In my therapy practice I treat couples who come to me with a wide variety of relationship and marital challenges stemming from an affair. In this article, I’d like to focus on some of the root causes of these challenges and talk a little bit about how therapy for affairs, cheating, infidelity, betrayal can begin to address problems in the relationship.
What Is An Affair?
An affair has often been defined as a violation of trust in a marriage or committed relationship, which frequently does great damage to the relationship when found out.
Does An Affair Mean My Relationship Is Bad?
Research has shown that it is a myth to think that affairs only happen in marriages where there is something fundamentally wrong. Affairs do happen in marriages that are good and healthy as well. Repair often takes time, patience, prolonged behaviors that promote loyalty and trust. Couples therapy is beneficial in helping facilitate the healing process.
Why Do Affairs Happen?
Some possible causes of affairs include:
- Schemas developed from early childhood.
- Negative family of origin role models, and values that breed infidelity.
- Losses such as death, job/career, financial that cause stress and loss of self identity and self esteem.
- Prolonged loss of intimacy, connectedness, romance, and support.
- Chronic disrespect from a partner in the forms of: criticism, contempt, and detachment which causes a longing to feel wanted, appreciated, and attractive.
- High discrepancy in sexual drives where one partner feels continually frustrated, angry, and unsatisfied.
- Weak impulse control.
- Difficulties in keeping clear boundaries.
- Sexual addiction.
How Do Affairs Happen?
Some possible ways that affairs happen include:
- A friendship that over time, becomes increasingly more confidential and personal
- A work associate or friend who makes one consistently feel more wanted, attractive, smart, and appreciated in comparison to a partner who often attacks, criticizes, belittles, and takes one for granted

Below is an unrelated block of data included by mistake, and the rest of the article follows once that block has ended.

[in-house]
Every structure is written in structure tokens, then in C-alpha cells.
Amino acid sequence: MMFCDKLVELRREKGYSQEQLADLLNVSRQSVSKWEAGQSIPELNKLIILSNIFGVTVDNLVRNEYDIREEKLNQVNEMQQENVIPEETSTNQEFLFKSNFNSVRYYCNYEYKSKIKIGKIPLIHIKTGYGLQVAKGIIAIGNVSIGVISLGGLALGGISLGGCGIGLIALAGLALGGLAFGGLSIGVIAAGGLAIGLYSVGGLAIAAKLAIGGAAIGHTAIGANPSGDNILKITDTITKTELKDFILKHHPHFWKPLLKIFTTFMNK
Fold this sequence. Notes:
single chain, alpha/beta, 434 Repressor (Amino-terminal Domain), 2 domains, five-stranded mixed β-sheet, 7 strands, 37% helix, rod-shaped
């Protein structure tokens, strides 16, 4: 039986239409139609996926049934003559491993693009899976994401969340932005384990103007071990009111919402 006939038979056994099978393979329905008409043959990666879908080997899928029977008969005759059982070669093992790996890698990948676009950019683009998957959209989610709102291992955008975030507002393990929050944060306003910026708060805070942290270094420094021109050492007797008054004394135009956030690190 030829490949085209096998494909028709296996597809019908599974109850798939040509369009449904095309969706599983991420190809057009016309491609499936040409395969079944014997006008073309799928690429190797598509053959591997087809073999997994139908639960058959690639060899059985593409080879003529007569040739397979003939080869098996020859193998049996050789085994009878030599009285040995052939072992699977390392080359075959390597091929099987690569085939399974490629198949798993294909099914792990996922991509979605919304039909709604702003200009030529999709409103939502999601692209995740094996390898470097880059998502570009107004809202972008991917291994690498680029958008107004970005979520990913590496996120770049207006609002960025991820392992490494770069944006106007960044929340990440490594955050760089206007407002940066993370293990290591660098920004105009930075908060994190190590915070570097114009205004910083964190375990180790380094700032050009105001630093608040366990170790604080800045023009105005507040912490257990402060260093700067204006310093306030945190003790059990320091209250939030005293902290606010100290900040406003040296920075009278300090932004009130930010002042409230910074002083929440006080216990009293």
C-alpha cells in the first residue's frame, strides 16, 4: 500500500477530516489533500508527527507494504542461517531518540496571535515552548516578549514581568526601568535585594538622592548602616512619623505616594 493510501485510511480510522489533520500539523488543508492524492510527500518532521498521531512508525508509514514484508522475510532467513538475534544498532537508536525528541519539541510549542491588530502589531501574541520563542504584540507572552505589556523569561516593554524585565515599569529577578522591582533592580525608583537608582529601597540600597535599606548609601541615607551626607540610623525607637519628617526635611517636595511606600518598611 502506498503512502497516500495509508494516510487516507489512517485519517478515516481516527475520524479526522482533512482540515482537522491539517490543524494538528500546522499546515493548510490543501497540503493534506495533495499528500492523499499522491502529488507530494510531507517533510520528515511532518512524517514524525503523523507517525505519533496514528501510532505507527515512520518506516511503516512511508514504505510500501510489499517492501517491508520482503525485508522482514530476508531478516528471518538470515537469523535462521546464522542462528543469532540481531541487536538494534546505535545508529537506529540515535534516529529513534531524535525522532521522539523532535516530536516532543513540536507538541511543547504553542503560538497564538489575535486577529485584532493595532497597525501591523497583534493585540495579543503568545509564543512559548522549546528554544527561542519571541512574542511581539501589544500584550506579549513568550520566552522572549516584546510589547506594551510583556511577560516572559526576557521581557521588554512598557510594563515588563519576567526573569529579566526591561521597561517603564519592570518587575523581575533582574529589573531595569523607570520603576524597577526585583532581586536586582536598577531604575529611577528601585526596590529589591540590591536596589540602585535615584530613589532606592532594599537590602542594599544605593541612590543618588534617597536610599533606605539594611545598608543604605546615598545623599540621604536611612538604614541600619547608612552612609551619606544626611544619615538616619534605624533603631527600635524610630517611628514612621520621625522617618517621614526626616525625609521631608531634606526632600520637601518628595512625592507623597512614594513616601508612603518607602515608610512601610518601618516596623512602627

- Frequently visiting pornographic internet sites and chat rooms
- Contact with a high school sweetheart through Facebook
- Vulnerable work situations such as traveling or working after hours or long hours with colleague of the opposite sex
- Confiding with someone of the opposite sex about problems in your marriage
- Fantasizing of having sex often with a work colleague or friend
What Happens During Disclosure Of An Affair?
When the unfaithful spouse discloses, there is typically a sense of relief. Strong feelings of anger, entitlement, shame, guilt, remorse, disgust, rejection, isolation and loneliness can follow.
The betrayed spouse usually will have feelings of anger, hurt, betrayal, disbelief, and shock. While some partners have a strong need to know all the details, some don’t. What works best is up to each individual. Often, the betrayed partner gets the urge to repeatedly ask for the details, over and over to help relieve anxiety and to find out if there is more to the story than told.
What Strategies Can Be Helpful After Disclosure?
It is helpful to mourn and accept the loss of innocence and recognize that the marriage has entered a new phase as there are many stages along the marriage journey.
For the betrayed, acknowledge and accept that this is a grieving process with its own trajectory, and feelings and thoughts can come up out of nowhere and be overwhelming, similar to post traumatic stress syndrome.
Try keeping discussions contained to appropriate times, when the time is right for you and your partner, so that it does not permeate every facet of the your day.
The Tasks for the Unfaithful Partner
This is an opportunity to move forward while becoming more aware of situations that lead to a weakening of boundaries with a person of the opposite sex such as going out for drinks, traveling, long hours working together where inappropriate conversations about one’s personal life may develop.
It may or may not be essential that the unfaithful partner share the details, depending if the betrayed partner wants to hear them or not. It may be incredibly difficult and painful to share due to fear of rejection and the enormous amounts of shame and anger. Keep in mind that minimizing, lying, and denial is more painful than the actual disclosure for the betrayed spouse.